COLUMBUS — In a sea of blue gloves and discarded sticks, nobody moved.
Some St. Francis de Sales players lay prone on the Nationwide Arena ice. Others hunched over at the waist. A few watched the bedlam going on near center ice. Almost no one spoke.
The song “Cleveland Rocks” blared from the sound system.
Toledo St. Francis de Sales hockey player Gabe Barrow kneels on the ice after the Knights loss to Cleveland St. Ignatius during the second overtime period of their championship game at Nationwide Arena in Columbus on Saturday.
Blade/Andy Morrison Enlarge
The Knights played their best game — and pushed top-ranked Cleveland St. Ignatius to the brink — only to have a championship taken away in a heartbreaking instant.
St. Ignatius defenseman Greg Langermeier scored a power-play goal 37 seconds into double overtime to beat the No. 2 Knights 5-4 on Saturday in the Ohio High School Athletic Association state final.
The Wildcats clinched their third consecutive championship, a run during which they have knocked out St. Francis all three times and in back-to-back championship games.
This time, St. Francis was inches away.
“There are no regrets, and I’m proud of them,” St. Francis coach Chris Varga said. “From a coach, what [more] do you ask for than their best? That was their best.”
St. Ignatius had beaten St. Francis 5-1 in each of the past two postseasons, and scored a 6-1 victory against the Knights earlier this season.
But the final had both teams thinking every rush could change the game. The game was tied four times: 1-1, 2-2, 3-3, and 4-4. There were five man-advantage goals, three lead changes in the third period, and two critical penalties taken in the first overtime.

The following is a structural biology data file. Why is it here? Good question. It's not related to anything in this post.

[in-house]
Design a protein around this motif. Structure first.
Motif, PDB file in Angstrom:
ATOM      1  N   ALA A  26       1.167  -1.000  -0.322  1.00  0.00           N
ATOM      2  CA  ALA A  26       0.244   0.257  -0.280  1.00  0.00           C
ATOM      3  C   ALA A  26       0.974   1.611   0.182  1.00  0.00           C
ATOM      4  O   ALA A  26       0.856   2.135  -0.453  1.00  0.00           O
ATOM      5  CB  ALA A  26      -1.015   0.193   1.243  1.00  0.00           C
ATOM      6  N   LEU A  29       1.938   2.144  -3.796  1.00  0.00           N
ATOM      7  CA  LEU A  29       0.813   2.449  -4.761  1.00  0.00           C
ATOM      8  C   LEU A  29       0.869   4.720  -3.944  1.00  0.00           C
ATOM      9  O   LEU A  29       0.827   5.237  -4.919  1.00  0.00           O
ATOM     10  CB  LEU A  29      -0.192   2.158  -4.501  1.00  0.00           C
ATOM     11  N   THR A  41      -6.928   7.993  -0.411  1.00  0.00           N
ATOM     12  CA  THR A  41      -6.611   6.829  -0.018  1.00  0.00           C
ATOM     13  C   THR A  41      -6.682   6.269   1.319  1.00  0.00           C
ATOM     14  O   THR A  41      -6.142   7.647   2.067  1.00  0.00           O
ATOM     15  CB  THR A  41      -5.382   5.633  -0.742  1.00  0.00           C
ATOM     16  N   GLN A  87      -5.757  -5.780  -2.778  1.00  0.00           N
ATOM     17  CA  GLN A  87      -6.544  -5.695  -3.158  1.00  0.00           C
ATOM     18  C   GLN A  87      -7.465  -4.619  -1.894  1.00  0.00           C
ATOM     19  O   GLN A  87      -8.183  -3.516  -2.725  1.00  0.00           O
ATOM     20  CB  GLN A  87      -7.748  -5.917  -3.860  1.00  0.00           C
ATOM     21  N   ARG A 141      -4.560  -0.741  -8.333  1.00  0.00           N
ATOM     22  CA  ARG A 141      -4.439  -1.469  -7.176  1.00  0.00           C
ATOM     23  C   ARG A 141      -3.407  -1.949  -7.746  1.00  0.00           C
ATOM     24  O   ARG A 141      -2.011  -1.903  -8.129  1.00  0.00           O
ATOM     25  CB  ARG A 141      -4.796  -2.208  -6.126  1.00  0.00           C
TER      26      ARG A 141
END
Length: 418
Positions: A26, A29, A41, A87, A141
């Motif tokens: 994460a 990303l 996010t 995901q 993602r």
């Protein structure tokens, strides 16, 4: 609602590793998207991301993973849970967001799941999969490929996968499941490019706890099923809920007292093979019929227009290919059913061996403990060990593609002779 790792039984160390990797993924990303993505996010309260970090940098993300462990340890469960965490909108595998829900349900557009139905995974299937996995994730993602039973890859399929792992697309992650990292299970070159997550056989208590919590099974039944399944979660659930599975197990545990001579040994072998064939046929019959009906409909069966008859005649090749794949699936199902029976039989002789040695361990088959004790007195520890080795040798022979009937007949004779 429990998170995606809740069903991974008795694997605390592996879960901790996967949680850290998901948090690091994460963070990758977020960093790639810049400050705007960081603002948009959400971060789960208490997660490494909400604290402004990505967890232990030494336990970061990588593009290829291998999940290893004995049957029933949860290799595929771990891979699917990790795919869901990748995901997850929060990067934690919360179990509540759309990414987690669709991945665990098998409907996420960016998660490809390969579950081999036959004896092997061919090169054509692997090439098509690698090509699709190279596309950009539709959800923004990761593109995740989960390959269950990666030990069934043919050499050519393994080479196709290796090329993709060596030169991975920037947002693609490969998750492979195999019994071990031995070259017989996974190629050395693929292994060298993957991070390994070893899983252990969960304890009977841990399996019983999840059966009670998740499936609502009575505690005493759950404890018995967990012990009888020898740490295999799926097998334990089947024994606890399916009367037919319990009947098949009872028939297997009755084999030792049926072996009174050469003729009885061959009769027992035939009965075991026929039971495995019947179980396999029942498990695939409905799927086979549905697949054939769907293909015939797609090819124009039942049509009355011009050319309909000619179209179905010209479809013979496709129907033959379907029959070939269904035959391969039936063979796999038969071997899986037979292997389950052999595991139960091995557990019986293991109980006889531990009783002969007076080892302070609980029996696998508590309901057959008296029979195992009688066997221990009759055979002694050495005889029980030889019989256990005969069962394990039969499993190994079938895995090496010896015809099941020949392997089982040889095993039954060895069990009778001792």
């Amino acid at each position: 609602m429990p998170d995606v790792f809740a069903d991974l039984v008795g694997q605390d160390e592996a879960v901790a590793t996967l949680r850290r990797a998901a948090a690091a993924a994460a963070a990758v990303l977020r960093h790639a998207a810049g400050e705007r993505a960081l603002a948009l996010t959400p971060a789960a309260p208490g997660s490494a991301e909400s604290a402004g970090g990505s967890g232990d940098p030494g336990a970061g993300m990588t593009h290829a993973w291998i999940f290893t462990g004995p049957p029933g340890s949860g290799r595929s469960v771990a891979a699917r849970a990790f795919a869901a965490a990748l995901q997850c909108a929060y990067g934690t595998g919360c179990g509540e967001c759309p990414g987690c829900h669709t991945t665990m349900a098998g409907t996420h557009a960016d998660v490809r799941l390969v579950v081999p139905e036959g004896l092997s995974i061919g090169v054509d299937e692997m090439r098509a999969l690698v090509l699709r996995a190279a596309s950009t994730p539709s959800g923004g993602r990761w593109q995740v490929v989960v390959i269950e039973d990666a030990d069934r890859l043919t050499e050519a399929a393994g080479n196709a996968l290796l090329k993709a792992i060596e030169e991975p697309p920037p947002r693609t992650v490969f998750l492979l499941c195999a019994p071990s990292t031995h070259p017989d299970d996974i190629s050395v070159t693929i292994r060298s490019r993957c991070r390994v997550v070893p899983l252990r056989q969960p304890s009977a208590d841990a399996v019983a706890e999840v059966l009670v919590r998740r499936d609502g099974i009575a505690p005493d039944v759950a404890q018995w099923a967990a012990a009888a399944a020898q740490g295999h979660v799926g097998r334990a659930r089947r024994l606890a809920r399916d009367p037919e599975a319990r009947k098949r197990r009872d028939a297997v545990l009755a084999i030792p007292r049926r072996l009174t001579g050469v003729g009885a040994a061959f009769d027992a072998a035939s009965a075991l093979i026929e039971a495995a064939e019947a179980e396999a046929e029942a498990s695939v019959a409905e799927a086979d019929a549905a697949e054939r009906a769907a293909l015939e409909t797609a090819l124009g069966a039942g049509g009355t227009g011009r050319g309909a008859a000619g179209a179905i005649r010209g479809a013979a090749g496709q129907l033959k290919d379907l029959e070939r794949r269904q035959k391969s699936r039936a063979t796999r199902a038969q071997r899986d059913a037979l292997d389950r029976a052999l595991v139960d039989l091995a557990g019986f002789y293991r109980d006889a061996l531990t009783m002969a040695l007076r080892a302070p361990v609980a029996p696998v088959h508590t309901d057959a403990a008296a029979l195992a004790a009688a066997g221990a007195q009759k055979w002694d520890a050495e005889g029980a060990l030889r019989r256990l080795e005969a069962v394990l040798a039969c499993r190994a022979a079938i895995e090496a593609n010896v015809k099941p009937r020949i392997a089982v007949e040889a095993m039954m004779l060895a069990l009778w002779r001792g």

In double overtime, with the Knights trying desperately to defend a 4-on-3 penalty kill, Langermeier skated through the defense and scored the title clincher.
For nine St. Francis seniors, the finish was just narrowly out of reach, but they left with a sense of accomplishment regardless.
Toledo St. Francis de Sales hockey players celebrate a goal by Matthew Barrow against Cleveland St. Ignatius hockey.
Blade/Andy Morrison Enlarge
“I don’t think that I failed when it came to coming to play for St. Francis,” captain Tim Organ, Jr., said. “I feel like every year was a new year. We played very well every single year, got to where we wanted to get every single year.
“We may have come up short, but it’s all part of growing. You can’t grow a program if there’s not failure.”
The Knights’ power play unit struck in the first to tie the game, then again in the second to take a 2-1 lead, but it lasted fewer than 90 seconds before St. Ignatius had tied it again.
After the Wildcats’ power play scored to take a 3-2 edge, St. Francis forward Hunter McKie pounced on a rebound to tie it at 3.
Again, the momentum was short-lived. St. Francis was whistled for a too many men on the ice penalty two minutes later, and a line change that temporarily left the Knights at 5-on-3 in their own zone led to a wraparound goal by Michael McCaffrey to establish a 4-3 St. Ignatius lead.
In fitting fashion, that score lasted fewer than two minutes. Gabe Barrow sped along the left wing and sent an inch-perfect shot over the glove of Benny Savarino to tie the game for the fourth time.
“It’s no secret that they’re a good hockey team,” Barrow said. “We knew we would have to keep fighting back. We knew if they got one, we would have to get one. It was just tough because we felt like we were always trying to crawl out of a hole.”
Despite a dangerous chance — and a struck post – the game went into overtime.
The Knights earned a power-play chance in the 5-on-5 first overtime, but the Wildcats killed it off, and their breakaway chance at the end of it forced St. Francis to take a penalty.
The Knights defended the first 42 seconds without incident, sending the game into the decisive second overtime.
With the open ice of 4-on-4 in double overtime, the space proved to be too much.
And so the Knights’ season ended, just one goal, one shift, and one moment short of their ultimate goal.
“The hockey gods weren’t with us today,” Organ said. “But we played as well as we could’ve. I’m very proud of this team.”
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